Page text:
The story of John Tyndall is one of courage, passion and idealism . A story of the highest personal success achievable by any man of humble beginnings in his time.
When Tyndall was born on August 2, 1820 his family was virtually unknown outside their small village of Leighlinbridge straddling the river Barrow which flows through Ireland’s second smallest county, Carlow.
When he died 73 years later he had won world-wide acclaim as a scientist, controversialist, educationalist and alpine pioneer. His original researches and his work with top scientists of his era opened up new fields of science and laid the groundwork for future scientific endeavour.
One-room school house at Ballinabranagh Co. Carlow, where John Tyndall studied under Master Conwill
Tyndall’s father was a shoemaker and constable, and Tyndall attended local schools where he displayed an ability for maths. In 1839, at the age of 19, Tyndall started work for the Ordinance Survey – in Carlow at first, then in Cork, and in 1842 he began a brief spell working on the English Ordinance Survey. Tyndall was fired in 1843 in a protest over working conditions, and moved back to Ireland, before becoming a maths teacher and moving back to England in 1847.
By 1848, Tyndall had begun working at the laboratory of Robert Bunsen in Germany, and within 2 years he had obtained his PhD. He moved to London shortly afterwards, and was elected a fellow of the Royal Society in 1852, at the young age of 32. Tyndall spent most of his working life in London, and travelling the world popularising science. His lectures at the Royal Institute frequently drew more than a 1,000 people, and he became famous for his theatrics – while lecturing on rainbows, he went as far as to create an artificial rain shower in the auditorium, and arrived suitably dressed ‘wearing cape and sou’wester’.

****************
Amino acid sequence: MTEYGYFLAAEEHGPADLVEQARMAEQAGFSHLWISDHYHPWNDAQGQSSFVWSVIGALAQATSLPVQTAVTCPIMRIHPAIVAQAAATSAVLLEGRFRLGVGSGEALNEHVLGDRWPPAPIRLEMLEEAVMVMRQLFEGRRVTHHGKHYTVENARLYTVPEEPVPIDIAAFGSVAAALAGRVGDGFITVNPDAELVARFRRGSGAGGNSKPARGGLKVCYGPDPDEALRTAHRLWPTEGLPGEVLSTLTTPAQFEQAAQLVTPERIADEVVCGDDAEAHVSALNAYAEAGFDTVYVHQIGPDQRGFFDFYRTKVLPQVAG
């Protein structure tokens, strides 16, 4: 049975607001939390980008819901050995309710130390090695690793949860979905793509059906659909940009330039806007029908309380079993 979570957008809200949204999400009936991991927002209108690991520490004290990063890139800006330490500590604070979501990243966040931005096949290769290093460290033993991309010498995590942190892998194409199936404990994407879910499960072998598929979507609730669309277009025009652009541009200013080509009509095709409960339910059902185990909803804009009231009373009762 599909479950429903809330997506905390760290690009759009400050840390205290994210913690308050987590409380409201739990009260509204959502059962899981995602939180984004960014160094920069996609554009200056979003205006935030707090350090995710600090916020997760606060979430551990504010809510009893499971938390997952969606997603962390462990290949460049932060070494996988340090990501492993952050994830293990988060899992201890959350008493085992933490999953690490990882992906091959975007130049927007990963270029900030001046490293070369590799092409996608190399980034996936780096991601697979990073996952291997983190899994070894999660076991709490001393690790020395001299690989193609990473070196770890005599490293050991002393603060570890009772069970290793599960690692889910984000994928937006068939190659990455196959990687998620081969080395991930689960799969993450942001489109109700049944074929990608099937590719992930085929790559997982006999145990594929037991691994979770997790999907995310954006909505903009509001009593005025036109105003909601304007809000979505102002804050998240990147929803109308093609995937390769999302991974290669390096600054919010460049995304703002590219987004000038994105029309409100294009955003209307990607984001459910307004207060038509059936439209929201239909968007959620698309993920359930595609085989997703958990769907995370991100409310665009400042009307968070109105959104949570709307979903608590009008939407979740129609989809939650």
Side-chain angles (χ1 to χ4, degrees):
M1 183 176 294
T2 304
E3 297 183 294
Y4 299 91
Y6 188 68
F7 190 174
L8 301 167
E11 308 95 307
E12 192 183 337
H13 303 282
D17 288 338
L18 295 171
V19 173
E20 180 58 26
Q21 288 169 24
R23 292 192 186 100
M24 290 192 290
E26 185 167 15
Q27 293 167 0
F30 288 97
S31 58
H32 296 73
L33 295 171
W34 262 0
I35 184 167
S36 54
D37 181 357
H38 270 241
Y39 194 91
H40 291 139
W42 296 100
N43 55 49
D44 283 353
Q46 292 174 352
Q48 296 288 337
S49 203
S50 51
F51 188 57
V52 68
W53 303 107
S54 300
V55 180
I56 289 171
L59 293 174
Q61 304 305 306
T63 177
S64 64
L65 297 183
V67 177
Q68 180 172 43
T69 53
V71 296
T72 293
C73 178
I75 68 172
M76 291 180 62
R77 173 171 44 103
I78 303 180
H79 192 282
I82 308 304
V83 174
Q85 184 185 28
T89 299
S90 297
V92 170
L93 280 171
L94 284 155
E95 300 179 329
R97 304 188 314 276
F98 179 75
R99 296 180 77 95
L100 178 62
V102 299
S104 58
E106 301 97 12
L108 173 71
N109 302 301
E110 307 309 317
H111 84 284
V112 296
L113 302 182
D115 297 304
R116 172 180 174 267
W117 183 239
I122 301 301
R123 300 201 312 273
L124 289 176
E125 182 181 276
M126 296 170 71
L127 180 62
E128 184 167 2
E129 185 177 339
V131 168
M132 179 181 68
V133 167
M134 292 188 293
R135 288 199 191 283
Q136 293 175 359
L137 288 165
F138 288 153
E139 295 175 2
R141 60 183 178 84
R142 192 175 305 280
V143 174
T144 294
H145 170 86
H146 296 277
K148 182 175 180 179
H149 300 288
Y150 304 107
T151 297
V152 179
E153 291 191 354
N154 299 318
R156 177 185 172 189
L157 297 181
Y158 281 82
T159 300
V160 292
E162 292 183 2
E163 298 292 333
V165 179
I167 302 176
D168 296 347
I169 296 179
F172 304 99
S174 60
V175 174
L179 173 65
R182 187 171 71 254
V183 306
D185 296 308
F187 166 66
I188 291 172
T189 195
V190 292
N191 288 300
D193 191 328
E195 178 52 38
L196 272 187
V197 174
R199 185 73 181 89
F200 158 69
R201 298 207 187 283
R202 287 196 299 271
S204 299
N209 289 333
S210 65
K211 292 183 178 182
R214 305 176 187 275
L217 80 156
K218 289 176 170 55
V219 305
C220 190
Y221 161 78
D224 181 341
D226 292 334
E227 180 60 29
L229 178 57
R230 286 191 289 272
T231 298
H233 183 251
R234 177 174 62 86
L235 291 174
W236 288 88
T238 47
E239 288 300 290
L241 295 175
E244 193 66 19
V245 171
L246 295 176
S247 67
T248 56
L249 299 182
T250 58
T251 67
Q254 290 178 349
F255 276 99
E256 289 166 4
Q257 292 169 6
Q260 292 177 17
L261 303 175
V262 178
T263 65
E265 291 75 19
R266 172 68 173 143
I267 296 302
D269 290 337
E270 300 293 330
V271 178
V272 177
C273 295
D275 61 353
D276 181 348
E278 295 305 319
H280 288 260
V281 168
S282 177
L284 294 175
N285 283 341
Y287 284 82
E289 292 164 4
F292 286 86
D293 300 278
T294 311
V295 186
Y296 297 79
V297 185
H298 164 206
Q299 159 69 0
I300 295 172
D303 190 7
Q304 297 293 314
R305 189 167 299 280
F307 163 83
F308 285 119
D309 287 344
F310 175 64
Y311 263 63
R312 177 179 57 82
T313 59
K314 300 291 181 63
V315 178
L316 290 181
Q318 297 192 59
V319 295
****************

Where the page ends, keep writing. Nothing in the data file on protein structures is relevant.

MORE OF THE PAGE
A true renaissance man, he wrote on everything from ‘Scientific use of the imagination’, to trying to discover why the sky was blue – which he successfully explained, and to this day the scattering of light by particles in the atmosphere that causes this is known as the ‘Tyndall Effect’. He also wrote extensively about glaciers, and was a keen mountaineer – one of the sub-peaks of the Matterhorn is known as Pic Tyndall as he was the first to climb it.
As a physicist his work was brilliant and many faceted.
As an educator and lecturer he became one of the ablest popularists of science of his generation and pioneer of practical teaching. As a mountaineer he was in the vanguard of those who conquered age old peaks and age old fears.
As a controversialist he steeped himself in the burning religious and political issues of the day. He is counted in France among the foremost 19th-century philosophers of science, and merits an entry in the ‘Dictionnaire des Philosophes’, Paris
At his death many monuments had already been erected to him and landmarks named after him – others were to follow.
Scientific terms such as: Tyndallisation – a sterilisation process still favoured on the Continent, Tyndall blue, the Tyndall cone are also permanent monuments to his work.
He died in 1893, by which time he had been recognised by his peers as one of the great public figures of nineteenth century science.